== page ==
This is the No.1 thing I miss about being in India. Skimming fresh cream off the milk (Some of which would end up in my stomach). Make butter out of the cream, and eat fresh butter with stale roti, a sprinkle of salt and sugar. Sigh, nothing can match that!

  • Darcie

    I live in farming country, but the nearest source for organic non-UP dairy is 50 miles away so I have quit making my own yogurt – it turns out gritty with UP dairy. I am stuck with Stonyfield, Fage or Brown Cow. There is a local producer of cultured butter, so I have the luxury of just buying that.
    Warner, good to see you this a.m.!

  • Heide Braley

    This looks delicious! I am always up for experimenting in the kitchen and I have access to good dairy cream from Lancaster. I will have to give this a try.

  • mattgmann

    For anyone in the Columbus area, Snowville Creamery offers organic non-homigenized cream that is available at many area grocery stores. It’s great for butter and ice-cream.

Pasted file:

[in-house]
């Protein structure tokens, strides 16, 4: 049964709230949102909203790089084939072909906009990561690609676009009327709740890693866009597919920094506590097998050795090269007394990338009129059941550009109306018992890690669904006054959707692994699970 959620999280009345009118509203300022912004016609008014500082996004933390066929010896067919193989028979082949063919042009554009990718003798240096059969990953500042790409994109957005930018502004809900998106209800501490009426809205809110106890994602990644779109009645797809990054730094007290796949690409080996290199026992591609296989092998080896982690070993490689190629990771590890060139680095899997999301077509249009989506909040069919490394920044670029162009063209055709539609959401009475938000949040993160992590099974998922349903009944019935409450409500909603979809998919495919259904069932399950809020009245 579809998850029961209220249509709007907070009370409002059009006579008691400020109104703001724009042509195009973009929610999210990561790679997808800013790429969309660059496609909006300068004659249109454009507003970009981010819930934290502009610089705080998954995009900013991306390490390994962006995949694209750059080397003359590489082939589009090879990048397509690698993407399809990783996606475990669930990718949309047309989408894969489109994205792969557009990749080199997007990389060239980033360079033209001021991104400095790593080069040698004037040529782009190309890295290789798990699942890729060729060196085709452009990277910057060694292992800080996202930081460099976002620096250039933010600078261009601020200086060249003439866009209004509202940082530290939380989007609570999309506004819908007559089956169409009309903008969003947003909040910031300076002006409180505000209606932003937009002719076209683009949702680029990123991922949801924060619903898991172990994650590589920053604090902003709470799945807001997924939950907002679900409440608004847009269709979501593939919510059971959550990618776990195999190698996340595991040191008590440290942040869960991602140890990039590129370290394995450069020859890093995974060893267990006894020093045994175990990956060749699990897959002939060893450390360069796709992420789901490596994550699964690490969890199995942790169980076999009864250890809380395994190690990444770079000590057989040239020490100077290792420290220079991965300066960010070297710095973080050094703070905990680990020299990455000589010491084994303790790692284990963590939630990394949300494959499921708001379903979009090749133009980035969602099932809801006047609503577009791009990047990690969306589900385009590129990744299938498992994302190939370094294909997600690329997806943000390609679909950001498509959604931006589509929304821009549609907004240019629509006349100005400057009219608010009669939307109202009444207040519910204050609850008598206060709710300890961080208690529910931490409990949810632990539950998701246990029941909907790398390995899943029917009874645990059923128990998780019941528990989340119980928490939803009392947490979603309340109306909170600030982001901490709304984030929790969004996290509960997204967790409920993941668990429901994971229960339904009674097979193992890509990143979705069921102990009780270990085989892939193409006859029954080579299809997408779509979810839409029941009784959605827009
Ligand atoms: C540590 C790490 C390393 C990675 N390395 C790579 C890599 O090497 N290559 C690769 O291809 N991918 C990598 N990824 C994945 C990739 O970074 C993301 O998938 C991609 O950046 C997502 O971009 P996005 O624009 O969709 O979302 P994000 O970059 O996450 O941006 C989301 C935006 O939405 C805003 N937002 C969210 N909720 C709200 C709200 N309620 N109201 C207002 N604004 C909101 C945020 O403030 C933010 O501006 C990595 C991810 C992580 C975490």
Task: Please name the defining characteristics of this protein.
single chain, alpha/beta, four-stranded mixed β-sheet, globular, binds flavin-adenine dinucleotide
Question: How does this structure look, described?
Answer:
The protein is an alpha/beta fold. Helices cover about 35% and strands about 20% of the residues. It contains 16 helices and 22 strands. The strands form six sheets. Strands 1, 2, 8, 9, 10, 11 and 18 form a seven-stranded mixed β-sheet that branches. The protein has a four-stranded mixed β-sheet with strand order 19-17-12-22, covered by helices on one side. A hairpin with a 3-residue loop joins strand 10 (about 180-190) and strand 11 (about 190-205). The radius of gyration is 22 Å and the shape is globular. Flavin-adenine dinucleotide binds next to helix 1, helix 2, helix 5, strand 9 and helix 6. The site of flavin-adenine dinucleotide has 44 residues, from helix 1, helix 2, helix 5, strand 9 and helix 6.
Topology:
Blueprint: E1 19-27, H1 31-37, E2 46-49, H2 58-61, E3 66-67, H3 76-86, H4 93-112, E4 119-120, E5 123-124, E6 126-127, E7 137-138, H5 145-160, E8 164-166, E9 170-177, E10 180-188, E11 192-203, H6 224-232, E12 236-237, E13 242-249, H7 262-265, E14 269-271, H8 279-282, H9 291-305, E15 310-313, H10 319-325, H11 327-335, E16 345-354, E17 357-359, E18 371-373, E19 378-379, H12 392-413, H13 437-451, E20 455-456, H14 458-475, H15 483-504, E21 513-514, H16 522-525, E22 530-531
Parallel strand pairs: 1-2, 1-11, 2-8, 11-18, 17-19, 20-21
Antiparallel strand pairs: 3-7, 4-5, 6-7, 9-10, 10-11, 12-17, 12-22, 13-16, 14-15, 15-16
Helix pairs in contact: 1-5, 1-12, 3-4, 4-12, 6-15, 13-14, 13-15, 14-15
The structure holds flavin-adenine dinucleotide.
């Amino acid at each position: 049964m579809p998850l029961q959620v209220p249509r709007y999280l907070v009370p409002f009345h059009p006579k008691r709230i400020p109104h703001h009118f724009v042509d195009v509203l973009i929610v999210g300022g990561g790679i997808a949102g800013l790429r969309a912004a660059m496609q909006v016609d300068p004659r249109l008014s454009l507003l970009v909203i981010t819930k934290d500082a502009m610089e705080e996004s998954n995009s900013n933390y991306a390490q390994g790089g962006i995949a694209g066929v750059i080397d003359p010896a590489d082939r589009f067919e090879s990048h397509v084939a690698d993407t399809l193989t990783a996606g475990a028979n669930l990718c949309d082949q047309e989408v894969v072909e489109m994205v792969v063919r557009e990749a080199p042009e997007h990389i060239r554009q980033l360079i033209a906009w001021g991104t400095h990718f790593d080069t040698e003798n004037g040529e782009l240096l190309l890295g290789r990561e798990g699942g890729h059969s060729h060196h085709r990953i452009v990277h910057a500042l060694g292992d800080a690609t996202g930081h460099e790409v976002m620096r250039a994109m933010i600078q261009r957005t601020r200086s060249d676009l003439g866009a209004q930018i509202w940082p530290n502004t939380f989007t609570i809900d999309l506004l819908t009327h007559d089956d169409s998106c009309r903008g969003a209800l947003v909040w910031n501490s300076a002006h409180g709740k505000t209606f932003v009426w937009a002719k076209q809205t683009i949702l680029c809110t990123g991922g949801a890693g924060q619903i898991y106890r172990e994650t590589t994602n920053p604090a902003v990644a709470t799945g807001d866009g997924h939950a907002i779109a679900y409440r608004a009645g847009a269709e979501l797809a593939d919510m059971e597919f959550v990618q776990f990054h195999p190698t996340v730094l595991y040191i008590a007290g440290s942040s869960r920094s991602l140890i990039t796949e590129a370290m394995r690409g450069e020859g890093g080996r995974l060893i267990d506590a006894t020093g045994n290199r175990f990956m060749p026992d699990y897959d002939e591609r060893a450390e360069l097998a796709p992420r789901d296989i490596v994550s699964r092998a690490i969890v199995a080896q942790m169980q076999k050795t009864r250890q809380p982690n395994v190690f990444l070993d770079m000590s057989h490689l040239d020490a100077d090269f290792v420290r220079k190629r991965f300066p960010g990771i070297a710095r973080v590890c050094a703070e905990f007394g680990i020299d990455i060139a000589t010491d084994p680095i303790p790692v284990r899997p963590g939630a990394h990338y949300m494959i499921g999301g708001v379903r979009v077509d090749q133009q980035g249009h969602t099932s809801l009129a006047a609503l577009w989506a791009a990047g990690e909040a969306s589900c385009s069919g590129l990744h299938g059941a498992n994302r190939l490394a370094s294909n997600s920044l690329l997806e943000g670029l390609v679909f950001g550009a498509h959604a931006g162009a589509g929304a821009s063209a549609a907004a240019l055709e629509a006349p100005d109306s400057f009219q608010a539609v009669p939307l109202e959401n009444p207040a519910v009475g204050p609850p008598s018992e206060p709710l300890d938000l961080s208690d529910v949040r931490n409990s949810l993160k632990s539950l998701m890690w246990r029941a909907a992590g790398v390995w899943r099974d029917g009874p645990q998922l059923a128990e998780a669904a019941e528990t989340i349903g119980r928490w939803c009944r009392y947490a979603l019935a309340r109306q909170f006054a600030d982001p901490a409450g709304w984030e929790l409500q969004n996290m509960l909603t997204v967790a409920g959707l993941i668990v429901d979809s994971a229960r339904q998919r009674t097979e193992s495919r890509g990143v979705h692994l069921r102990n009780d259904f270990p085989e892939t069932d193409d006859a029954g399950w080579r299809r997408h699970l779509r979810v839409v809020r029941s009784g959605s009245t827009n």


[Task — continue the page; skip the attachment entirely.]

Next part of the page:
• Charlotte

    College trip!?! I’ve been reading you long enough that I’m having one of those what? can’t be? moments.
    Also — a plug for my alma mater Beloit College, yes, it’s in the armpit of Wisconsin (although I hear the town has gotten much nicer in the decades since I was there), but it’s a great school and they give away a lot of financial aid. Plus, really cool people go there …

  • GG Mora

    For culturing butter and yogurt, I use Solaray Multidophilus from the health food store – it’s intended for maintaining a healthy gut flora population, but the bacterium are all well-suited to dairy culturing: l. acidophilus, l. bulgaricus, and b. bifidus. I like it because its potency and content are guaranteed, unlike using yogurt or buttermilk which are something of a crapshoot. This combo of bacterium yields a nice bright tang.

    I used to be able to find it in straight powdered form, and would use @ 1/2 teaspoon for culturing a quart of milk for yogurt or 2 quarts of cream for butter. Lately I’ve only been able to find capsules, so I have to split them open to get at the powder. No big deal.